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Where the COVID-19 pandemic is heading in 2022 and how a booster shot can help


December 01, 2021 Posted in: Blogs , English

 

Because the situation surrounding COVID-19 is constantly evolving, some information may not be up to date. Stay informed by following information from your local officials and by visiting the CDC website.

After more than 20 months of living in a world of lockdowns, mask mandates, and vaccine information, we can begin to see hope for an end as more people increase their immunity against the COVID-19 virus. The U.S. is nearing the total population needed to reach herd immunity. However, immunity from a single one- or two-dose vaccine can wane over time. Booster shots are a good way to stay ahead of the illness and prevent those more severe symptoms. Let’s see what a future of living with COVID-19 looks like.

What does the COVID-19 pandemic look like for 2022?

What have we seen over the past year? Health care officials announce lower COVID-19 cases, people relax safety guidelines, and then a new variant pops up. As we learn more about the COVID-19 vaccines and their effects on preventing or slowing new variants, the U.S. can begin transitioning from a pandemic to an endemic disease state. 

What is endemic?

Endemic is defined as the constant presence and/or usual prevalence of a disease or infectious agent within a geographic area. Endemic diseases include the flu, tuberculosis, and various types of pneumonia.

Basically, this means COVID-19 will always be present but not in catastrophic numbers. This movement to an endemic-level phase is a good sign for the COVID-19 virus in the U.S. as it marks moving away from a pandemic emergency mode with a high rate of hospitalizations.

This transition means that the pandemic will not end with the disappearance of the virus, but rather with enough people gaining immunity against it. As more people build protection against COVID-19, there will be less transmission and fewer COVID-19-related hospitalizations and deaths.

Do COVID-19 vaccine booster shots work?

Before the discovery of the omicron variant, data from the CDC had shown a decrease in COVID-19 infections. The previous downturn in cases is primarily due to more of the population getting the COVID-19 vaccine. However, recent data suggests that vaccination becomes less effective over time, creating a need for booster shots to increase our immune response against the virus.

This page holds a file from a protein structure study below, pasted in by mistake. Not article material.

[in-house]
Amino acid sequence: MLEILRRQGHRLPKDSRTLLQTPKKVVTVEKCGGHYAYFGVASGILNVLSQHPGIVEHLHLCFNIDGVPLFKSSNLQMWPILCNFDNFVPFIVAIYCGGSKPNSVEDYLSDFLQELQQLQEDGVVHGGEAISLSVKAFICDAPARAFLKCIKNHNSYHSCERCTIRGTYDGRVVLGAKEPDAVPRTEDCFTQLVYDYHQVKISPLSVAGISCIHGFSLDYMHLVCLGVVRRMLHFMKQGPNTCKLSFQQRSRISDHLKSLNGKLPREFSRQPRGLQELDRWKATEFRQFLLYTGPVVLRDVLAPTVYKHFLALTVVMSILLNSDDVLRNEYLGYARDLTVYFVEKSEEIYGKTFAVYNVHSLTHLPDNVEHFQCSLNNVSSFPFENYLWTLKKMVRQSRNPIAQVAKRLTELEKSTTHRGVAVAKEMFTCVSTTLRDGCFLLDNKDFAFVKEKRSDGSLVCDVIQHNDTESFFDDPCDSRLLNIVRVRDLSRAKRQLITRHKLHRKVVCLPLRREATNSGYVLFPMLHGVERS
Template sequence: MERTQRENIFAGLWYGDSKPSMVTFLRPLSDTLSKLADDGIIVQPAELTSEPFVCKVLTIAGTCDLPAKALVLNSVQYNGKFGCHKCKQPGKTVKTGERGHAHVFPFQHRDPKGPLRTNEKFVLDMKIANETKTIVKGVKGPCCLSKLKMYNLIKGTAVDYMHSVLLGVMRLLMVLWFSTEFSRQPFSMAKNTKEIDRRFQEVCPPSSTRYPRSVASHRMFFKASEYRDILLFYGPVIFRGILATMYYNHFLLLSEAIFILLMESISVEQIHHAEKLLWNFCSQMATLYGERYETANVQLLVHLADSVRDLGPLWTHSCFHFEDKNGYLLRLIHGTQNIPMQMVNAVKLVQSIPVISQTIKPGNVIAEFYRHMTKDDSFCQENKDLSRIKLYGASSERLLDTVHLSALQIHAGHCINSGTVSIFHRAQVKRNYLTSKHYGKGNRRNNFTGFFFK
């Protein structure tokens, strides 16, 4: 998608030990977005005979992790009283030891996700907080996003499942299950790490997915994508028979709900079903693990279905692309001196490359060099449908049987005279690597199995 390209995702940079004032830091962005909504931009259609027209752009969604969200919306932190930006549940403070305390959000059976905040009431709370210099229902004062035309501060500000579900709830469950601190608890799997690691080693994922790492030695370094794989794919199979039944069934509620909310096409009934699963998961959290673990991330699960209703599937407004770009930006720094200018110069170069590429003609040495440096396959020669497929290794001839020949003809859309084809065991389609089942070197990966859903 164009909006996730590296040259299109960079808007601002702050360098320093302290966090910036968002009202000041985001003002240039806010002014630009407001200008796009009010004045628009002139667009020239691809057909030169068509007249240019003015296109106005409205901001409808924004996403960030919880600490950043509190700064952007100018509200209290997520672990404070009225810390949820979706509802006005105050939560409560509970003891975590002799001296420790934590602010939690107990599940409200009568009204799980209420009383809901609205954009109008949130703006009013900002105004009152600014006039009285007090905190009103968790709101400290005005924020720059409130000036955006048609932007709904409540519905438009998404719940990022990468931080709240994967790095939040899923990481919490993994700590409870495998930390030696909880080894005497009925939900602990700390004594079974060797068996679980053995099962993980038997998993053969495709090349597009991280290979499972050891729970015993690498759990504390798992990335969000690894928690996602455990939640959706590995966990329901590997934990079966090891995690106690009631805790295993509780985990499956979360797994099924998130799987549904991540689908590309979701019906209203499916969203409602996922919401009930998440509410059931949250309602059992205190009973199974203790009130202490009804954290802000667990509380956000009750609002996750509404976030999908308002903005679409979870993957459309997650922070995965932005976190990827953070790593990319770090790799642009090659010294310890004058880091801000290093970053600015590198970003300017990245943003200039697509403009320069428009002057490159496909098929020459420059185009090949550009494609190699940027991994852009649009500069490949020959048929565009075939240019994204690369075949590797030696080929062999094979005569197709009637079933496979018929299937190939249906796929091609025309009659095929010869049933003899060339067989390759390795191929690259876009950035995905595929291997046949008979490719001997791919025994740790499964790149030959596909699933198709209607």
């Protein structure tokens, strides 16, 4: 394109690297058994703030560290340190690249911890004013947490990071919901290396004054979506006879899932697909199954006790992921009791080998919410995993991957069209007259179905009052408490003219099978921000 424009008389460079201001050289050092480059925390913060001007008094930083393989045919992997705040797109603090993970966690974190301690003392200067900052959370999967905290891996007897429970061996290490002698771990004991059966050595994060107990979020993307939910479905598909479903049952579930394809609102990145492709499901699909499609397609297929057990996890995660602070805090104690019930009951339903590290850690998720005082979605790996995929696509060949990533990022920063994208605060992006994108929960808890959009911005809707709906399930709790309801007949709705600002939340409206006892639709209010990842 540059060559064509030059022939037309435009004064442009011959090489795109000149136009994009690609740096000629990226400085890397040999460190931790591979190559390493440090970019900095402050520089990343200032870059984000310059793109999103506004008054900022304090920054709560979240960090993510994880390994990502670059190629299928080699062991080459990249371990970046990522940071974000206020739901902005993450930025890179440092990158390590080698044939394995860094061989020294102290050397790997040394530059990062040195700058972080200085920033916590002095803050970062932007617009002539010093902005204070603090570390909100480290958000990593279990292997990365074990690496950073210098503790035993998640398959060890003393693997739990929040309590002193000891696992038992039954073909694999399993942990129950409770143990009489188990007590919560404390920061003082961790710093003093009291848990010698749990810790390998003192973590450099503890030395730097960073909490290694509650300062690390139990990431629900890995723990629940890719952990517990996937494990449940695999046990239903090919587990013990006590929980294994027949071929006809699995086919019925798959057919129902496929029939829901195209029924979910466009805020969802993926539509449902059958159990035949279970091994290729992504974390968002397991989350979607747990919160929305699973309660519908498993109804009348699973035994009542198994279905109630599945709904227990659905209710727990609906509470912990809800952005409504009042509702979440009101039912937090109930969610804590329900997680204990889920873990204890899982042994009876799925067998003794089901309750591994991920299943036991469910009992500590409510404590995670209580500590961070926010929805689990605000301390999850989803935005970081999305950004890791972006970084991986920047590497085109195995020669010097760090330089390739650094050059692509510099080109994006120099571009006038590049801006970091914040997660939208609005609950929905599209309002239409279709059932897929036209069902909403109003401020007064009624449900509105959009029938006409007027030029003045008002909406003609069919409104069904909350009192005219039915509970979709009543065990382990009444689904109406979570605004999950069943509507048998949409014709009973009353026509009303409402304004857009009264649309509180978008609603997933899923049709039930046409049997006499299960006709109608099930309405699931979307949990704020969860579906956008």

Who can get a COVID-19 booster shot?

The most recent CDC recommendation calls for everyone 18 years and older to get their COVID-19 booster shot. This recommendation also allows you to mix and match brands when it comes to your booster shot, whether you originally received your vaccine from Pfizer BioNTech, Moderna, or Johnson & Johnson. Speak with your primary care physician about which boosters are available for you. 

Preparing to live with the COVID-19 virus

We all have a different meaning of what it looks like to live with the COVID-19 virus. Dr. Paul Klotman, president and CEO of Baylor College of Medicine, provides some valuable resources to determine what that looks like for you.

  • Online COVID-19 news resources. The CDC and New York Times websites both provide up-to-date information around happenings of the virus in the U.S. and follow what is going on in the rest of the world.
  • Vaccines and booster shots. The U.S. is gradually climbing toward the number of people vaccinated to reach herd immunity.

As we prepare for a post-pandemic life, we can’t forget that we haven’t reached the endemic stage yet. Dr. Richina Bicette, medical director of emergency medicine at the McNair Campus at Baylor St. Luke's Medical Center, offers her opinion while we move toward this goal.

“We saw this happen in June over the summer, when we declared the pandemic to be over a bit too early. We decided that those who are vaccinated need not wear masks, which turned into everyone not wearing masks, and then, subsequently, the spike and the Delta wave followed.”

With the appearance of the omicron variant, we still have some steps to take before COVID-19 transitions into an endemic disease. Speak with a Baylor St. Luke’s Medical Group primary care physician via a virtual or in-person appointment about COVID-19 booster shots and other things you can do in our efforts against the virus. Together, we can do this.

Sources:

Becker's Hospital Review | As the pandemic phases out, how do we talk about it?

CDC | COVID-19 Vaccine Booster Shots

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